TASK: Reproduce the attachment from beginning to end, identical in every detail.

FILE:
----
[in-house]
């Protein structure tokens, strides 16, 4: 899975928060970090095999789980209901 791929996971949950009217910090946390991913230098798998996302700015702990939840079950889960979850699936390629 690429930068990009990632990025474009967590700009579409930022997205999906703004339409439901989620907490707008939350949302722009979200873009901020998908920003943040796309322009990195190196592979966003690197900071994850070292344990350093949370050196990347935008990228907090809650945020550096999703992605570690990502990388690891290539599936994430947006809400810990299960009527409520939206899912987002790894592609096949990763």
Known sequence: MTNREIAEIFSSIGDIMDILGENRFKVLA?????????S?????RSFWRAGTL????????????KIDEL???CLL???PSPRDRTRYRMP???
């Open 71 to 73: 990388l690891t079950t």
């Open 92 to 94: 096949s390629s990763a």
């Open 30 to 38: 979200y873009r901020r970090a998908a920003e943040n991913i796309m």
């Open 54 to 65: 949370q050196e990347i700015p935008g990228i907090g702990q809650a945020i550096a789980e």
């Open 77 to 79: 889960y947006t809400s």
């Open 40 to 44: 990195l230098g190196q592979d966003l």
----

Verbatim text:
[in-house]
């Protein structure tokens, strides 16, 4: 899975928060970090095999789980209901 791929996971949950009217910090946390991913230098798998996302700015702990939840079950889960979850699936390629 690429930068990009990632990025474009967590700009579409930022997205999906703004339409439901989620907490707008939350949302722009979200873009901020998908920003943040796309322009990195190196592979966003690197900071994850070292344990350093949370050196990347935008990228907090809650945020550096999703992605570690990502990388690891290539599936994430947006809400810990299960009527409520939206899912987002790894592609096949990763």
Known sequence: MTNREIAEIFSSIGDIMDILGENRFKVLA?????????S?????RSFWRAGTL????????????KIDEL???CLL???PSPRDRTRYRMP???
């Open 71 to 73: 990388l690891t079950t």
């Open 92 to 94: 096949s390629s990763a």
């Open 30 to 38: 979200y873009r901020r970090a998908a920003e943040n991913i796309m």
């Open 54 to 65: 949370q050196e990347i700015p935008g990228i907090g702990q809650a945020i550096a789980e």
């Open 77 to 79: 889960y947006t809400s």
């Open 40 to 44: 990195l230098g190196q592979d966003l």